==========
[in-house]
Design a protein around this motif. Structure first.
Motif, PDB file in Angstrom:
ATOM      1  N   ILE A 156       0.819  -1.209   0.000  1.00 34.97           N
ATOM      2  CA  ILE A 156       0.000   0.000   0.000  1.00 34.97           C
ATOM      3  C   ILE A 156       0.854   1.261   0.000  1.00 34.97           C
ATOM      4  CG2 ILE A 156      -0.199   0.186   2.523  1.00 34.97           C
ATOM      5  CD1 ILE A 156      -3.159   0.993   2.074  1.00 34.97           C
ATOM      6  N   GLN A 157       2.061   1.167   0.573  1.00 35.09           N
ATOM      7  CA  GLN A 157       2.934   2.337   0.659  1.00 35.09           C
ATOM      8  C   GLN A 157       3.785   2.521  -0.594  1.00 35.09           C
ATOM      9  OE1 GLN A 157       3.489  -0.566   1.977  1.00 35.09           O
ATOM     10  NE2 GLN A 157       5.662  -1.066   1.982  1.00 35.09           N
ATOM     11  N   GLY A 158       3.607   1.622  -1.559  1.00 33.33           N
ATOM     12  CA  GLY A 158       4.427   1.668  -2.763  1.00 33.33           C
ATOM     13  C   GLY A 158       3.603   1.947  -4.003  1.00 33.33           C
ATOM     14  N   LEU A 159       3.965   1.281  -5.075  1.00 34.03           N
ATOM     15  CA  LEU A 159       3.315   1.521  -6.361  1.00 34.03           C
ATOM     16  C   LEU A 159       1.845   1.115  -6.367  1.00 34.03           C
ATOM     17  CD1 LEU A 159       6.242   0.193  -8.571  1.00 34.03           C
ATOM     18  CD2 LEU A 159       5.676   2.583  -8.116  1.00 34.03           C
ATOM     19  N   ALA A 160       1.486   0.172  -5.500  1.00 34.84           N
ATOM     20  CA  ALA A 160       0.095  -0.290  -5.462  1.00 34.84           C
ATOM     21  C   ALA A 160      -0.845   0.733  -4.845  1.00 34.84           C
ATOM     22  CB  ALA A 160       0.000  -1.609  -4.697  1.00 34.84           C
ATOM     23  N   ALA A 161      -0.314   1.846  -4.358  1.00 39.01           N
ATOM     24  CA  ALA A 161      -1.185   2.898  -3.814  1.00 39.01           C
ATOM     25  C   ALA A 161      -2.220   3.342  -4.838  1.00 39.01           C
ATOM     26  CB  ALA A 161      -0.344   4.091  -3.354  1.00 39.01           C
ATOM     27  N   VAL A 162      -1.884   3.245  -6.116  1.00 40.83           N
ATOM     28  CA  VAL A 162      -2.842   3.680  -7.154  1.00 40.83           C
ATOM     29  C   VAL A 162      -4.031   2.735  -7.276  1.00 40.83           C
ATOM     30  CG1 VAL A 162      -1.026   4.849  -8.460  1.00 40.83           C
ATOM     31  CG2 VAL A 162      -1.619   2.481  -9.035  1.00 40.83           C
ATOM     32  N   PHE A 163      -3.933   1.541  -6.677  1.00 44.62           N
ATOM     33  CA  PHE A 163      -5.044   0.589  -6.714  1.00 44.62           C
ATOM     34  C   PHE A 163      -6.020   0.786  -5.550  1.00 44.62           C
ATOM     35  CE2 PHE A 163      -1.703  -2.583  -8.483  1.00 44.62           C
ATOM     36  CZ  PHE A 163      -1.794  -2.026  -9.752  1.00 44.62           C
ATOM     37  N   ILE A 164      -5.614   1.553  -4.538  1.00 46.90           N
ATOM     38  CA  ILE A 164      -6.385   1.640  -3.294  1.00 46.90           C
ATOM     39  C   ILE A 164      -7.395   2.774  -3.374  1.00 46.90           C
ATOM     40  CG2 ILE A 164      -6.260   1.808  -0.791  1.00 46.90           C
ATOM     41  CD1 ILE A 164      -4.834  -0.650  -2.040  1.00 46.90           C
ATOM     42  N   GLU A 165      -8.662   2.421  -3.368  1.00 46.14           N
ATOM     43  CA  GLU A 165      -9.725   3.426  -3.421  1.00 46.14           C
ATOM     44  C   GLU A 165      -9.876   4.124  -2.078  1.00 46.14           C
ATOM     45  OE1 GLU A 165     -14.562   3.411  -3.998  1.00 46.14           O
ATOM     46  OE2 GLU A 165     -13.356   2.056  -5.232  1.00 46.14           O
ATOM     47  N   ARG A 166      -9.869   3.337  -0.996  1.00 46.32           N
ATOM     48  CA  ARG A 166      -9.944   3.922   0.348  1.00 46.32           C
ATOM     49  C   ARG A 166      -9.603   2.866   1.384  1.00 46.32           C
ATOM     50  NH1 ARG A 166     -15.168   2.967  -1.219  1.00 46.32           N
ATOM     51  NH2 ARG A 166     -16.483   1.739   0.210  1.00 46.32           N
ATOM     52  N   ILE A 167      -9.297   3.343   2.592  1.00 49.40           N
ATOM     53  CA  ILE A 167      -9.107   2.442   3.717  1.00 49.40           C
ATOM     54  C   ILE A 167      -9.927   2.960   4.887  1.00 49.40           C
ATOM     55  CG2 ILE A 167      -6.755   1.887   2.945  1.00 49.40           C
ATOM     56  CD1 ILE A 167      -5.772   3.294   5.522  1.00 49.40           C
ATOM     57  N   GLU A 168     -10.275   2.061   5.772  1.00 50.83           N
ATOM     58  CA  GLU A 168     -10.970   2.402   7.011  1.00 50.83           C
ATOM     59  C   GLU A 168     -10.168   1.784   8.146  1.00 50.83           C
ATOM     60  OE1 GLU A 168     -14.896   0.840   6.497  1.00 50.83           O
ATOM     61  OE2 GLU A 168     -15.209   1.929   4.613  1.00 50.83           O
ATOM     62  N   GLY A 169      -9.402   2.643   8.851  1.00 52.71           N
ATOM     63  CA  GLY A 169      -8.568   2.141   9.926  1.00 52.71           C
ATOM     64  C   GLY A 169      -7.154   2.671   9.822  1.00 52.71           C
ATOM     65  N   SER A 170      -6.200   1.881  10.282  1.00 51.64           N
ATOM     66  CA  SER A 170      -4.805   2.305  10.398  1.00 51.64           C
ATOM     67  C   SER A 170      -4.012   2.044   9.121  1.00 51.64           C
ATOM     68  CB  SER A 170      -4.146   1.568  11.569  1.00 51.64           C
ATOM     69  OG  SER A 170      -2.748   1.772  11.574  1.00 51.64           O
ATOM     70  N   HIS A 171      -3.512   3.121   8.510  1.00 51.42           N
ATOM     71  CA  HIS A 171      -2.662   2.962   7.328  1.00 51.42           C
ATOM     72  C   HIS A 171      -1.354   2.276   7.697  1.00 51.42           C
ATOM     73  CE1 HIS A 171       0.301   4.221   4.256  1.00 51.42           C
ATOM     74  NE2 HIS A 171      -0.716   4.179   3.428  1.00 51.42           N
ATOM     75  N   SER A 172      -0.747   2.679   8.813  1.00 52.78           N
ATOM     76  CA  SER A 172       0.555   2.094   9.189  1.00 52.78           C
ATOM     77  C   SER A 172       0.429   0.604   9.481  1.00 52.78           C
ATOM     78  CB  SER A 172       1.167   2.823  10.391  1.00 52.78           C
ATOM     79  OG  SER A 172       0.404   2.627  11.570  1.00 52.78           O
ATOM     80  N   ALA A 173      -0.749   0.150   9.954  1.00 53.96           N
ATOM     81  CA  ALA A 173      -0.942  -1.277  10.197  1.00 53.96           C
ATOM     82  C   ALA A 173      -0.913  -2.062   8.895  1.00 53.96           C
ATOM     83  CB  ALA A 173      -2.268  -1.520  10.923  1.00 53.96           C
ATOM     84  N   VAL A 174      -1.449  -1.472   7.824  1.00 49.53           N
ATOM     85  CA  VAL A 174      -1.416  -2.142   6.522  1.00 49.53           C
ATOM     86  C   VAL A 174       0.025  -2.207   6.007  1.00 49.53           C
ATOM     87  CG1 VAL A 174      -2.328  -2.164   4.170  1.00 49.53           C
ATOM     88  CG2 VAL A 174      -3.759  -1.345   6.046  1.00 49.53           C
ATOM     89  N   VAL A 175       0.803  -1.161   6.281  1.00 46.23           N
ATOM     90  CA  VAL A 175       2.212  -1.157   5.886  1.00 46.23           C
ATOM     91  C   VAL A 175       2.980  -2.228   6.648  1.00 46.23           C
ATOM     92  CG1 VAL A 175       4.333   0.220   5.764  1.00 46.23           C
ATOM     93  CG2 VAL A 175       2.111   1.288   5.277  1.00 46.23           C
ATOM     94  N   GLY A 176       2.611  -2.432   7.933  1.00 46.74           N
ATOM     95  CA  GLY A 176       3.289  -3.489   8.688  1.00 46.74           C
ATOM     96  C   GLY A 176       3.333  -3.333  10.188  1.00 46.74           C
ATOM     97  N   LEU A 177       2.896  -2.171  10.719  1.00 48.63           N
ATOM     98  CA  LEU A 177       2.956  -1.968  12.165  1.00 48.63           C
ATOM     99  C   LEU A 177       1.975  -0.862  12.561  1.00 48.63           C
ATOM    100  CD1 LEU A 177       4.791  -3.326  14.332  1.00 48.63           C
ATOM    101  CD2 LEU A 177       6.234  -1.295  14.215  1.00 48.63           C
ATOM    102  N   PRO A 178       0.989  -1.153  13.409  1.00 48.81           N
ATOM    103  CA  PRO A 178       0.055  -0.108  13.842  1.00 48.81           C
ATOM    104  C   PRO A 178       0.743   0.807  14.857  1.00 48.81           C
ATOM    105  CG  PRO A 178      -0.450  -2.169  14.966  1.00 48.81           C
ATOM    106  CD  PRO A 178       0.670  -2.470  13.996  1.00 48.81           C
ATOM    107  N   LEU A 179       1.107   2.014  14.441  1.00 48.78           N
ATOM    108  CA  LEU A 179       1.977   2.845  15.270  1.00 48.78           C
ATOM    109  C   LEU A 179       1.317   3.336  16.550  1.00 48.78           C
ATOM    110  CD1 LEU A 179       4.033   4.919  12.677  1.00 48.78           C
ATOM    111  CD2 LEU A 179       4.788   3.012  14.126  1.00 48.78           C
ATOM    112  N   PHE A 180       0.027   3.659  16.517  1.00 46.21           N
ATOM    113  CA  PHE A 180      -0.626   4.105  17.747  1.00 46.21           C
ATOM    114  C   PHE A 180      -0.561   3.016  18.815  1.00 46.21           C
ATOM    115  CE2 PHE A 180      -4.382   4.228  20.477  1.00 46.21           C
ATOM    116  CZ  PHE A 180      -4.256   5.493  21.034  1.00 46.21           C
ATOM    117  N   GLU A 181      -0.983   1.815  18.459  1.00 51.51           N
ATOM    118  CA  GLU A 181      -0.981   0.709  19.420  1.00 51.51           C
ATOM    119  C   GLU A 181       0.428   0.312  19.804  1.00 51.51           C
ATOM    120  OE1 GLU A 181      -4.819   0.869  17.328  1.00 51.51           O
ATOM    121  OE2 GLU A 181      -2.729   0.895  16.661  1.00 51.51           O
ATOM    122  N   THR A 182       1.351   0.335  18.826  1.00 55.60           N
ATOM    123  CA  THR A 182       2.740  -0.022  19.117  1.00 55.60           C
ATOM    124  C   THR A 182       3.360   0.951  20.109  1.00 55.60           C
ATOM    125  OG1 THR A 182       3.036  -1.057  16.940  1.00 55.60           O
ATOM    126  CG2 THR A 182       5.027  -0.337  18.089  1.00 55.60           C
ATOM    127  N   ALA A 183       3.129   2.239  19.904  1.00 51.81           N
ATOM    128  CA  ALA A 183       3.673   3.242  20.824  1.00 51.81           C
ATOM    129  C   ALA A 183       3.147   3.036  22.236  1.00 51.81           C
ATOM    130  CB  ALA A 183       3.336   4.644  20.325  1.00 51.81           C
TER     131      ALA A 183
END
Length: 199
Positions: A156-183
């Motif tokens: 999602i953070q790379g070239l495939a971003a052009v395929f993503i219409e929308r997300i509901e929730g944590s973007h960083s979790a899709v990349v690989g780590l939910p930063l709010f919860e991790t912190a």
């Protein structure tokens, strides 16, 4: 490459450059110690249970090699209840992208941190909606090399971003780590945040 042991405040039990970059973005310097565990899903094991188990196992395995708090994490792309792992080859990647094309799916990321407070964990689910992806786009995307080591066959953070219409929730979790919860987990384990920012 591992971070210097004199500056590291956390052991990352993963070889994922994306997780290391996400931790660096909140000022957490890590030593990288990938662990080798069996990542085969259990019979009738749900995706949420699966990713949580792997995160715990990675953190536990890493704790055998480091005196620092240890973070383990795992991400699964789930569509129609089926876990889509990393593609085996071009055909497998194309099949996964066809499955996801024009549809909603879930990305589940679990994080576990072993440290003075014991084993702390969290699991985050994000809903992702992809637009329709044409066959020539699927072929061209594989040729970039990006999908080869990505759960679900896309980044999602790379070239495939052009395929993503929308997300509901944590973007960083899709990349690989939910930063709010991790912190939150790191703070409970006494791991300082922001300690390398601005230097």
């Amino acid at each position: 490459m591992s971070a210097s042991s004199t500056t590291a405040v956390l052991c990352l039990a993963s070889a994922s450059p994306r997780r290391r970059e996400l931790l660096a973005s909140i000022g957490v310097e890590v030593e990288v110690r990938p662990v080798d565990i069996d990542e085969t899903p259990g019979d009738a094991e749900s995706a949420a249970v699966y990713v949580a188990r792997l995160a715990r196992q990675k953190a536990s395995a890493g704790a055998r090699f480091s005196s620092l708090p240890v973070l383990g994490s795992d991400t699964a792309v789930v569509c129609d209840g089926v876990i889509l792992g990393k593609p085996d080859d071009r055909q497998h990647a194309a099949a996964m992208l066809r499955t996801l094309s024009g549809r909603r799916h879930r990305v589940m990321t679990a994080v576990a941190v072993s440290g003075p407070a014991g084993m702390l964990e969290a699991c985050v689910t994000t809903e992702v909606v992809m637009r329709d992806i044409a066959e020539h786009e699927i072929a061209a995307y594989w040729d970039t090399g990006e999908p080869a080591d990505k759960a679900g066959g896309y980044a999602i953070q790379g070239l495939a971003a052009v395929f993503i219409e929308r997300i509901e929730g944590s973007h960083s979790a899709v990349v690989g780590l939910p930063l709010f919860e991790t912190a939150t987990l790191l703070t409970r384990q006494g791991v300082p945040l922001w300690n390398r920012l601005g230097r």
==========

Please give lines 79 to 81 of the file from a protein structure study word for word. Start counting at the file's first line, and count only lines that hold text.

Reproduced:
ATOM     76  CA  SER A 172       0.555   2.094   9.189  1.00 52.78           C
ATOM     77  C   SER A 172       0.429   0.604   9.481  1.00 52.78           C
ATOM     78  CB  SER A 172       1.167   2.823  10.391  1.00 52.78           C